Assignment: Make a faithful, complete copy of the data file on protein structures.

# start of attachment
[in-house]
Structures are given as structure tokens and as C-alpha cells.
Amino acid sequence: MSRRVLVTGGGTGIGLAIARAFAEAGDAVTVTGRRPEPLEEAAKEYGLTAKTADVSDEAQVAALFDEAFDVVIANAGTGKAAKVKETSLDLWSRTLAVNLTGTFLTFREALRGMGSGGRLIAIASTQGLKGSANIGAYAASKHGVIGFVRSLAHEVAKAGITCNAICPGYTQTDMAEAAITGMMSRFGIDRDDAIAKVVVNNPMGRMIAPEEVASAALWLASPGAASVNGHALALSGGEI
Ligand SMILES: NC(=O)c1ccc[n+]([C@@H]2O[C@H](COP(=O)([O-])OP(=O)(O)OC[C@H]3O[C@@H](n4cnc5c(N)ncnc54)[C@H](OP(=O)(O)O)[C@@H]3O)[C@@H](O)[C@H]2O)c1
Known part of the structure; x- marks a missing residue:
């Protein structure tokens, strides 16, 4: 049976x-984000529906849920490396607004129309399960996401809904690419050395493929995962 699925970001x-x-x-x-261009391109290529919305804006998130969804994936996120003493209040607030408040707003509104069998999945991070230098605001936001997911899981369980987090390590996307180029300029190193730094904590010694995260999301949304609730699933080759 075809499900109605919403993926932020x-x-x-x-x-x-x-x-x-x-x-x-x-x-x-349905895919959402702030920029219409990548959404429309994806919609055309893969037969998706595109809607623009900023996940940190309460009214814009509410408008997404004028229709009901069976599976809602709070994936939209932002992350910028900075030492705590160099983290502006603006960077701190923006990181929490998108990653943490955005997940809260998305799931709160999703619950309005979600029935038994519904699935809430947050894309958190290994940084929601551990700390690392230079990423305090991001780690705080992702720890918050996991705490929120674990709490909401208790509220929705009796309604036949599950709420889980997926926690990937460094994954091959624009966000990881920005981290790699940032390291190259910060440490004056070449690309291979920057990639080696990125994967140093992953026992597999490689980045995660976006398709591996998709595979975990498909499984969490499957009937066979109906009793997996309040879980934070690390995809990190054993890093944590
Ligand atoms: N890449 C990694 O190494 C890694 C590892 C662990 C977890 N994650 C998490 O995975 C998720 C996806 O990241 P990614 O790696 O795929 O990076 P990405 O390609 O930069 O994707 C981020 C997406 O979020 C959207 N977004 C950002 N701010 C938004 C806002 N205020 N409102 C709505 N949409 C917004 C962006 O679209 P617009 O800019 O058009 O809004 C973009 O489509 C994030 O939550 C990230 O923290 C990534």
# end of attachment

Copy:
[in-house]
Structures are given as structure tokens and as C-alpha cells.
Amino acid sequence: MSRRVLVTGGGTGIGLAIARAFAEAGDAVTVTGRRPEPLEEAAKEYGLTAKTADVSDEAQVAALFDEAFDVVIANAGTGKAAKVKETSLDLWSRTLAVNLTGTFLTFREALRGMGSGGRLIAIASTQGLKGSANIGAYAASKHGVIGFVRSLAHEVAKAGITCNAICPGYTQTDMAEAAITGMMSRFGIDRDDAIAKVVVNNPMGRMIAPEEVASAALWLASPGAASVNGHALALSGGEI
Ligand SMILES: NC(=O)c1ccc[n+]([C@@H]2O[C@H](COP(=O)([O-])OP(=O)(O)OC[C@H]3O[C@@H](n4cnc5c(N)ncnc54)[C@H](OP(=O)(O)O)[C@@H]3O)[C@@H](O)[C@H]2O)c1
Known part of the structure; x- marks a missing residue:
């Protein structure tokens, strides 16, 4: 049976x-984000529906849920490396607004129309399960996401809904690419050395493929995962 699925970001x-x-x-x-261009391109290529919305804006998130969804994936996120003493209040607030408040707003509104069998999945991070230098605001936001997911899981369980987090390590996307180029300029190193730094904590010694995260999301949304609730699933080759 075809499900109605919403993926932020x-x-x-x-x-x-x-x-x-x-x-x-x-x-x-349905895919959402702030920029219409990548959404429309994806919609055309893969037969998706595109809607623009900023996940940190309460009214814009509410408008997404004028229709009901069976599976809602709070994936939209932002992350910028900075030492705590160099983290502006603006960077701190923006990181929490998108990653943490955005997940809260998305799931709160999703619950309005979600029935038994519904699935809430947050894309958190290994940084929601551990700390690392230079990423305090991001780690705080992702720890918050996991705490929120674990709490909401208790509220929705009796309604036949599950709420889980997926926690990937460094994954091959624009966000990881920005981290790699940032390291190259910060440490004056070449690309291979920057990639080696990125994967140093992953026992597999490689980045995660976006398709591996998709595979975990498909499984969490499957009937066979109906009793997996309040879980934070690390995809990190054993890093944590
Ligand atoms: N890449 C990694 O190494 C890694 C590892 C662990 C977890 N994650 C998490 O995975 C998720 C996806 O990241 P990614 O790696 O795929 O990076 P990405 O390609 O930069 O994707 C981020 C997406 O979020 C959207 N977004 C950002 N701010 C938004 C806002 N205020 N409102 C709505 N949409 C917004 C962006 O679209 P617009 O800019 O058009 O809004 C973009 O489509 C994030 O939550 C990230 O923290 C990534």